Wales captain Alun Wyn Jones believes under-pressure coach Wayne Pivac’s decision to blood new talent this autumn could yet prove to be a “watershed moment”.
Pivac has overseen just two wins from nine starts this year heading into Wales’ final match of 2020, an Autumn Nations Cup fifth-place play-off against Italy in Llanelli on Saturday.
It’s all a far cry from 2019 when Wales, with Warren Gatland as their coach, won a Six Nations Grand Slam and reached a World Cup semi-final before Pivac’s fellow New Zealander stood down following the global showpiece in Japan.
Pivac is contracted to take Wales through to the 2023 World Cup but there is a break clause in the deal that can kick in after two years.
And Wales’ recent run of results has led some observers to wonder if that might be activated if the team don’t return to consistent winning ways anytime soon.
But Jones believes the emergence in recent weeks of a clutch of fledgling Wales players in the likes of Gloucester win Louis Rees-Zammit, Bristol fly-half Callum Sheedy and Cardiff flankers James Botham and Shane Lewis-Hughes will see Pivac vindicated in the long run.
“You have to give credit to Wayne,” Jones said. “I know I am inside the tent, so I can add that element of bias, but when you strip it back and look at the decisions of the management, he has stuck to his guns and continued to give people opportunities.”
Pivac’s hand has partly been forced by injury in some cases, with veteran lock Jones — who will extend an ongoing world record of international appearances with his 152nd Test this weekend — insisting: “It is good when you see young guys coming in and asking the right questions.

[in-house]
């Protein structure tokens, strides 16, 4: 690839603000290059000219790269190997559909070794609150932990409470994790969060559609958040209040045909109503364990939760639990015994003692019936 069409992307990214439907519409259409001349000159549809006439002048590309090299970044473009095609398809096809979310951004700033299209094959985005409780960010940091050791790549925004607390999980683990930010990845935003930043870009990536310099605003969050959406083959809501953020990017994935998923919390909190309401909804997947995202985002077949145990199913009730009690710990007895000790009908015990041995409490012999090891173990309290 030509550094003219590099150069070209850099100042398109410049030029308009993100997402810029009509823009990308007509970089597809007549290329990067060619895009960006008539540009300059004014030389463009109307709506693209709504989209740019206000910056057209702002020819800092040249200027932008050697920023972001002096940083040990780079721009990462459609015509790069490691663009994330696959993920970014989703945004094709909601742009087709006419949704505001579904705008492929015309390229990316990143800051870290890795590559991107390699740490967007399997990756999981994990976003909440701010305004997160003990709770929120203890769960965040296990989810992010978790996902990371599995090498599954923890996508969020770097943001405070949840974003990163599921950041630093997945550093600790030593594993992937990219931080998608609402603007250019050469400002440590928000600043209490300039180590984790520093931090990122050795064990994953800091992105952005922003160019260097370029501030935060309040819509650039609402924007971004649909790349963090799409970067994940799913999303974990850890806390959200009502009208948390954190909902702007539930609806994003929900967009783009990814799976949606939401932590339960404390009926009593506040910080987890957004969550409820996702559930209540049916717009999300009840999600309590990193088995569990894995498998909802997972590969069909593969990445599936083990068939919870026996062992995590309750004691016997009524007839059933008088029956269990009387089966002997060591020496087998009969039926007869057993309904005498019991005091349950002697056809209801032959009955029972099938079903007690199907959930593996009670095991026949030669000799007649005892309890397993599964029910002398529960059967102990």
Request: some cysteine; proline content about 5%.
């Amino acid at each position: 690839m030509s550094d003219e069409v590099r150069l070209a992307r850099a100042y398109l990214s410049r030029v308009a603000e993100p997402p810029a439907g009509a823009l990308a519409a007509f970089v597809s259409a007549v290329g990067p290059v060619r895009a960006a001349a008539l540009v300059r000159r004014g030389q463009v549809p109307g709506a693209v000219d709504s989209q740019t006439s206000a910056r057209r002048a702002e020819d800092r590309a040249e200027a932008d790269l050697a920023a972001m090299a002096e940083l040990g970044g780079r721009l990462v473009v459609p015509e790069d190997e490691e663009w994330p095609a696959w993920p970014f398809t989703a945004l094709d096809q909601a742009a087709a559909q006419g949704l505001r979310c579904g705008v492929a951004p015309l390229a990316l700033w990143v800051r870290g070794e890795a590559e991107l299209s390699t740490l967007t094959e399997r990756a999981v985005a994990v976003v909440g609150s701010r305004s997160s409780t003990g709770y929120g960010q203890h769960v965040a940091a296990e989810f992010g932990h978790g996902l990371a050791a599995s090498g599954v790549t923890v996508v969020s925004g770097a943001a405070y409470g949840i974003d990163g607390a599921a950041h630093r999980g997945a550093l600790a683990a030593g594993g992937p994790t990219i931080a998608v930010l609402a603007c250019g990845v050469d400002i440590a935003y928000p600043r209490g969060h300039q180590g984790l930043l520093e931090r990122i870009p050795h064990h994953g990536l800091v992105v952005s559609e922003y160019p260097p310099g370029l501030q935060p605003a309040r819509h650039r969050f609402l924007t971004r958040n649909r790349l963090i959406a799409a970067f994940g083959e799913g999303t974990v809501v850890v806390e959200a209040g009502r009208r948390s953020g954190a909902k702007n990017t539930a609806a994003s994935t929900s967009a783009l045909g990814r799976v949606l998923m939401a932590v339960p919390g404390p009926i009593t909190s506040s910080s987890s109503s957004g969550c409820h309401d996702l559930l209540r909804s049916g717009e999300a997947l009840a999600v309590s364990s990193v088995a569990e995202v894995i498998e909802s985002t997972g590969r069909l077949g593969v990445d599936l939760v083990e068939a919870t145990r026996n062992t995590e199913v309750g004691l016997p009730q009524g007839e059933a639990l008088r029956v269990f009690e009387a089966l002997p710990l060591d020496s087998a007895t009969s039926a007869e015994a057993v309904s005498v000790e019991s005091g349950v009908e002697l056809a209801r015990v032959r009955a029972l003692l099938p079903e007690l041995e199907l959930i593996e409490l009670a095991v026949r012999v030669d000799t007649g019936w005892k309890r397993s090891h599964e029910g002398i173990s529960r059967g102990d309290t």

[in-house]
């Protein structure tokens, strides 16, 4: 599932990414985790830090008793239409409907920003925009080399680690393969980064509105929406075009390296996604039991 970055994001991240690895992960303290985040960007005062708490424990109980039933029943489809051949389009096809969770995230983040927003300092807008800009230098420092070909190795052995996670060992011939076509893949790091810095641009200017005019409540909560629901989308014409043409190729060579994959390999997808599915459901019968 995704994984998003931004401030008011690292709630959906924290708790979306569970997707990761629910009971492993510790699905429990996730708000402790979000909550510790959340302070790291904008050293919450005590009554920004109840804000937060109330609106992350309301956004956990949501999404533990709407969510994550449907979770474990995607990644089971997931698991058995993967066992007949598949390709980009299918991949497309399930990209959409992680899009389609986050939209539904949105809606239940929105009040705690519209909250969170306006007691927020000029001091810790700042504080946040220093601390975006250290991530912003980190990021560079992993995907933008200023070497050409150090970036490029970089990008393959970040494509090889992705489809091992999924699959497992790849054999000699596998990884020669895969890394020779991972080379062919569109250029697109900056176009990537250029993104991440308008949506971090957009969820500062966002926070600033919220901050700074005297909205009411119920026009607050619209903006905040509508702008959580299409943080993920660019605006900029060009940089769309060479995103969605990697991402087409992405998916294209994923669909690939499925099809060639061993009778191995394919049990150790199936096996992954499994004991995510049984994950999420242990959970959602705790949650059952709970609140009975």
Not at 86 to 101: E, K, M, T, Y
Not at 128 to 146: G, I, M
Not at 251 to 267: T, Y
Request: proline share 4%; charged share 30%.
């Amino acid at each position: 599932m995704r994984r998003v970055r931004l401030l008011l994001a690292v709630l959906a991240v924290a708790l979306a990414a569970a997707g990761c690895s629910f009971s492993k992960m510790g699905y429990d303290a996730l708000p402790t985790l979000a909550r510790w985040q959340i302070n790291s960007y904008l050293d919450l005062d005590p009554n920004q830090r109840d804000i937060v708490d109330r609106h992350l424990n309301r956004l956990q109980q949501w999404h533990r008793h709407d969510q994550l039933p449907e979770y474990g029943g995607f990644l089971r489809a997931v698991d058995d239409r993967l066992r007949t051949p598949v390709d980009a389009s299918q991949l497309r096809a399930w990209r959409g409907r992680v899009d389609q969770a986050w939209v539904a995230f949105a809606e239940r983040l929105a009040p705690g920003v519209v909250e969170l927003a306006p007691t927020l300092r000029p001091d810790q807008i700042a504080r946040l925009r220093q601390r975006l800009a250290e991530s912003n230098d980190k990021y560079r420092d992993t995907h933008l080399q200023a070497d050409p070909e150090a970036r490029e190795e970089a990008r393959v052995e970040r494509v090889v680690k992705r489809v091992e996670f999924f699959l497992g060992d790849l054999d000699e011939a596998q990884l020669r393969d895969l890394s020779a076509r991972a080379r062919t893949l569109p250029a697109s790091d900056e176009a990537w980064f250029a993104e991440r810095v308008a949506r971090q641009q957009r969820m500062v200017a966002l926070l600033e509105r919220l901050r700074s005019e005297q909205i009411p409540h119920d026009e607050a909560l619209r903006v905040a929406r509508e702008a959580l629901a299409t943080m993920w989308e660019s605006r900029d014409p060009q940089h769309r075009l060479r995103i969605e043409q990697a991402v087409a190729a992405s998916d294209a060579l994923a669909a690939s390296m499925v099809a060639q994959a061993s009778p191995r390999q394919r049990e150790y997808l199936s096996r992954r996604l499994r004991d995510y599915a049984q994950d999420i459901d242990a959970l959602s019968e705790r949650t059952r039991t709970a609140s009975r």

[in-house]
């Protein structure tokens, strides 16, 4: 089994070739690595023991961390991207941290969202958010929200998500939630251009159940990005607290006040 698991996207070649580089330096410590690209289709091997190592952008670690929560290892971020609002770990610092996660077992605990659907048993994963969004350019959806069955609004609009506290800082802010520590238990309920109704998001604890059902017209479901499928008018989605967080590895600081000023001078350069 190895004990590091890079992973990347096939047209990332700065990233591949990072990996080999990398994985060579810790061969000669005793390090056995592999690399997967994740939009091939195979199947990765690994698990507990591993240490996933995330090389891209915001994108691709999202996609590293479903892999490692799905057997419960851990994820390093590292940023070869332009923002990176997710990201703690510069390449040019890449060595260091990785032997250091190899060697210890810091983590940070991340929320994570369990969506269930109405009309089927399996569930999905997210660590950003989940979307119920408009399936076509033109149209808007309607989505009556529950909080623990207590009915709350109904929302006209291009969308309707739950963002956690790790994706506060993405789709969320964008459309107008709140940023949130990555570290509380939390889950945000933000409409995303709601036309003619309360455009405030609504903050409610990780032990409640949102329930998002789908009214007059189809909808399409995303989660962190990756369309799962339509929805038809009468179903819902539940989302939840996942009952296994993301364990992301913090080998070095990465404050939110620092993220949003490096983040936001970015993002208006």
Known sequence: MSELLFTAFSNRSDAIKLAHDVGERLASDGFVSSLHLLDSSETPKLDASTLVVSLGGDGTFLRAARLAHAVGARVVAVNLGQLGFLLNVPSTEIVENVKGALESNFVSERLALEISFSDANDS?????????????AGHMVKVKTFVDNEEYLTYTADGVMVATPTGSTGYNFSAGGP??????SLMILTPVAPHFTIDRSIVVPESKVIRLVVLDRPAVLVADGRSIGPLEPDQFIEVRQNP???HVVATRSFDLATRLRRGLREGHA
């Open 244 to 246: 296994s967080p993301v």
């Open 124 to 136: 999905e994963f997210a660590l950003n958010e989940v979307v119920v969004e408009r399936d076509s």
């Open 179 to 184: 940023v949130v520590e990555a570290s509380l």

“They have not been found wanting.
“From a spectator and an outsider’s point of view, you only see the 80 minutes. I am fortunate to see how they operate and their application.
“Eight or nine new caps, previously you would not see that in two years. It could be a watershed moment in the way the new regime does kick on.”
The 35-year-old Jones has had plenty of highs and lows as a Wales player, with the Ospreys second row trying to lift the spirits of fans and players alike by saying: “I have the fortune and misfortune of being in similar positions before, and you do come out of it.
“I am comfortable with the fact that if my performances aren’t up to scratch, they will be as scrutinised as anybody else’s.
“Having been involved for a while now, (I realise) certain people need a poke and certain people need an arm around them. There is time for a rocket, but there is time for a level head as well.
“Having someone (Pivac) at the head of the ship, who is continuing with a theme and backing what they say, I am comfortable to follow suit with that and support that.”